The longer the war continues, the higher the level of smouldering hostility in the South becomes, the more visible the Saigon regime is seen to be held up only by US power, the more the Viet Cong becomes what the Americans deny it is: the sole expression of Vietnamese opposition to the invasion of the Americans. To try and win, or at least strengthen their bargaining hand, the Americans must increase their control and mobilisation of Southerners for the Forces, and to do so is directly to increase the power of the Viet Cong. At nearly 5 million dollars a day (compared to 1.5 million a few months ago), this is an expensive way to slide into a bottomless marsh.

Nor is it possible to think the US might win one of its main targets: Moscow, Pekin, Hanoi. Almost certainly all three have tried to discipline the exuberance of the Viet Cong already, but they cannot since this really is a popular liberation movement, not a foreign fifth column, and the arms given by the three are not big enough to buy the Viet Cong. The US is adamant that it will not negotiate with the Viet Cong, yet this is the only route out of the impasse. Johnson’s now slightly desperate offers of peace to Hanoi remain ignored – it is noted that the 1,000 million dollars bribe he offered south-east Asia is little more than the increase in military aid to South Viet Nam he recently extracted from Congress for the next few months (700 million). Goldwater’s logic remains – but now it means, H-bomb China or get out.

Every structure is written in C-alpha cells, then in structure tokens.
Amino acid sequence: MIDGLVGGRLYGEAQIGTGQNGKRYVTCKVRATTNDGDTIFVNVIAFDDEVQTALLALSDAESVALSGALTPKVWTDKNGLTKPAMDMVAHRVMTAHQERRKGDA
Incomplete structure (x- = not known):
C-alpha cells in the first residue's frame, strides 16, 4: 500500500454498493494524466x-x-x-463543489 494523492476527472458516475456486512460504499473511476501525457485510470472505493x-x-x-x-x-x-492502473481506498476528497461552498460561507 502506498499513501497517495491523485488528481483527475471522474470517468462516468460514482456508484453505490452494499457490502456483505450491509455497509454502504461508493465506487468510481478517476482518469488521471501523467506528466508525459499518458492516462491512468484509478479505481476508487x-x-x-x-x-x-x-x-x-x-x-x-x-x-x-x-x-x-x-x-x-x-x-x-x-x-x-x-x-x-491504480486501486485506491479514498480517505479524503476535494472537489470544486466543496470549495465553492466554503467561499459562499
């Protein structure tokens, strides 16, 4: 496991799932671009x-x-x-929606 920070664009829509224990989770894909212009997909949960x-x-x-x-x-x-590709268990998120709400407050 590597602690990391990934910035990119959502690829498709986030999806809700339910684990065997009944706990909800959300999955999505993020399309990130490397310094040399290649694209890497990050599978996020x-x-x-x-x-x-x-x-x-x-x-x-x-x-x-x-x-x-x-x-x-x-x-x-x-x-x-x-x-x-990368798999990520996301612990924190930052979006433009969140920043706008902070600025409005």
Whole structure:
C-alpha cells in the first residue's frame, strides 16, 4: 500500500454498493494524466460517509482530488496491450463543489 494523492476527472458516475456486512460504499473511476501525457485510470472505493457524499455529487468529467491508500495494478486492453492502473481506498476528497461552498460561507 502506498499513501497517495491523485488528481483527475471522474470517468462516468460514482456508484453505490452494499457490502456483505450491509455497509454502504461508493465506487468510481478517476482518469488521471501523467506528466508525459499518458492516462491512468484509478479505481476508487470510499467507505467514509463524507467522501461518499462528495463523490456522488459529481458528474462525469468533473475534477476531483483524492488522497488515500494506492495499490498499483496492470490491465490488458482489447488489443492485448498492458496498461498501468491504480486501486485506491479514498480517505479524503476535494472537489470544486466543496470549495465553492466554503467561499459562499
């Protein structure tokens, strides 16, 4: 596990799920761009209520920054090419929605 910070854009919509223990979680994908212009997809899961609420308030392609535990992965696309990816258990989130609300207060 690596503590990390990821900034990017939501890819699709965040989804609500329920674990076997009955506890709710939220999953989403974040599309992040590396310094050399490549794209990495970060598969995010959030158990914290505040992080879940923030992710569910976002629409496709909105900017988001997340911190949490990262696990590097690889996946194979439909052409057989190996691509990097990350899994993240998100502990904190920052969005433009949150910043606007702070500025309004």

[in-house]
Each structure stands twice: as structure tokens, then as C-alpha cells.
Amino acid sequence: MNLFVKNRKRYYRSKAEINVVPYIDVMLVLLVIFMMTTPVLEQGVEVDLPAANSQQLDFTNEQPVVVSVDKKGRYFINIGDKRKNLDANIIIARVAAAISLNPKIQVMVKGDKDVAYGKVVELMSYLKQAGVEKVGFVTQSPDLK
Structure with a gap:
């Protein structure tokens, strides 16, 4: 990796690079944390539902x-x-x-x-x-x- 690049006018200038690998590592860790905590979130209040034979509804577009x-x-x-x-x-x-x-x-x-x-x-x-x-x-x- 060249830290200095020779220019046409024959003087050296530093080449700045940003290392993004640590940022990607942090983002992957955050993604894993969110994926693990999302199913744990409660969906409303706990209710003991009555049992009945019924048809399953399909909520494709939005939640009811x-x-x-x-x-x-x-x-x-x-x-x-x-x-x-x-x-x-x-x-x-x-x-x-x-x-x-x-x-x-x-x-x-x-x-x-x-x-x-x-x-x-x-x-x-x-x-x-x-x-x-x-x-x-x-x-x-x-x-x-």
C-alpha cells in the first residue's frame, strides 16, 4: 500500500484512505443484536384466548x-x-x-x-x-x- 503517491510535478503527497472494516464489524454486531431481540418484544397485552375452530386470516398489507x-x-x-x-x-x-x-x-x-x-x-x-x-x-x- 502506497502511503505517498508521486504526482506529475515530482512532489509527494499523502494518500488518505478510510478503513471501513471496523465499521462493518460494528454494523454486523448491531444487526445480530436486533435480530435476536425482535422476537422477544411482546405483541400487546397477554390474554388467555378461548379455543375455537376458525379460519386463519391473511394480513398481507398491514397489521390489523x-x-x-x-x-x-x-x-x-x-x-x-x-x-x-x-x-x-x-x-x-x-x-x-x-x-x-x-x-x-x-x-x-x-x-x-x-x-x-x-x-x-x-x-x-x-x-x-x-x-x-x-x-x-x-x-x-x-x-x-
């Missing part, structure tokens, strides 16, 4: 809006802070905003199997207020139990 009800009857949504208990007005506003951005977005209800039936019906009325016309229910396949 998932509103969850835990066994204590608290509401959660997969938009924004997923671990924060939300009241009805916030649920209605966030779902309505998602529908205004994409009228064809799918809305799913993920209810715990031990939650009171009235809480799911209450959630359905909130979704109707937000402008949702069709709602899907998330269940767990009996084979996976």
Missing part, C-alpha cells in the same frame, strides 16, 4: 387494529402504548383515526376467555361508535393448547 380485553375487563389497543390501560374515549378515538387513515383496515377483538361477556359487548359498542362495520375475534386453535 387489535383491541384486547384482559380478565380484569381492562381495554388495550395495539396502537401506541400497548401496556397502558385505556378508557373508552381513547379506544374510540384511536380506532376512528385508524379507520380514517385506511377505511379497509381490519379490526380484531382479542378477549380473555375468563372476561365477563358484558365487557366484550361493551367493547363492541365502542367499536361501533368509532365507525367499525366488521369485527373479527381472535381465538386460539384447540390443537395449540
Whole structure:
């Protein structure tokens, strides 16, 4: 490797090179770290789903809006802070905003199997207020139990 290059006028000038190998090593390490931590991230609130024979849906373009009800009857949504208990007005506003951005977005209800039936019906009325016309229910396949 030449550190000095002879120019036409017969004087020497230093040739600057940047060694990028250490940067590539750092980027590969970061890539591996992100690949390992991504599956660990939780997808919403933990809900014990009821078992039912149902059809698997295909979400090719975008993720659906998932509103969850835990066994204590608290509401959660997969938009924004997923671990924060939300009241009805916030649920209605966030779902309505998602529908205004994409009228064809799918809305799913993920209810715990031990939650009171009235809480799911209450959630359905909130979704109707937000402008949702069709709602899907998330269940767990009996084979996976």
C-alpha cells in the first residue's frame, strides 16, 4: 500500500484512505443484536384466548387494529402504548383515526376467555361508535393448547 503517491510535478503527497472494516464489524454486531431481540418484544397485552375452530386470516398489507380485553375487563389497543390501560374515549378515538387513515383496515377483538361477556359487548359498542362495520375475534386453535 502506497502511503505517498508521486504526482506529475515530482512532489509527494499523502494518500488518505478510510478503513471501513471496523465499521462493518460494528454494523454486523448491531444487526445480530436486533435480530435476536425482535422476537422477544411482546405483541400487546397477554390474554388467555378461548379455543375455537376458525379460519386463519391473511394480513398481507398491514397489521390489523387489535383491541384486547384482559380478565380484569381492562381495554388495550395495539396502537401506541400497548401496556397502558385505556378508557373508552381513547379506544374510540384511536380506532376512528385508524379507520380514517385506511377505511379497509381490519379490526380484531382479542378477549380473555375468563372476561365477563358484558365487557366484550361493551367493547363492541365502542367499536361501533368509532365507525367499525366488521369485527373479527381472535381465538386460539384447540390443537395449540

The lesson remains. No new world order has appeared since 1945, only the reformulation of the classic international politics of fierce competition, the 1890s and ‘spheres of influence’ broken by the no-man’s land of savagery between. The US has selected the people of South Viet Nam to overawe the world with gunboat diplomacy – their death and destruction, maiming and oppression, is only an incidental cost in the pursuit of prestige, the power of terror. The response of ‘world public opinion’ corresponds. True, 15,000 American students have done something to restore the corroded self-respect of all Americans, and there have been scattered protests and demonstrations – but the broad smug centre remains tactful. The British press has been critical largely because British capitalism has been calculating, alongside the last payments crisis, the costs of imperial war-games East of Suez, not because a people is being destroyed as an exercise in Great Power politics. What shell-shattering of children for ten years could not do, it took a whiff of gas to temporarily sicken Labour’s Left consciences – but so temporarily, for the guilt was quickly assuaged by the despatch of Gordon Walker’s mediocre and superfluous talents to gadfly round East Asia looking for ‘facts’ everybody else already knows. The press stopped reporting the bombing (US censorship also came into play), and Viet Namese news sank into the side columns as if the murder was not continuing. Dominica replaced it – almost a God-send – a situation as outrageous in principle if not as brutal in fact.

The purpose of socialists must be to prevent people forgetting what the press so quickly dismisses, to prove yet again that what is between the claws of the American eagle is not Law and the Bible, but bayonets and corpses.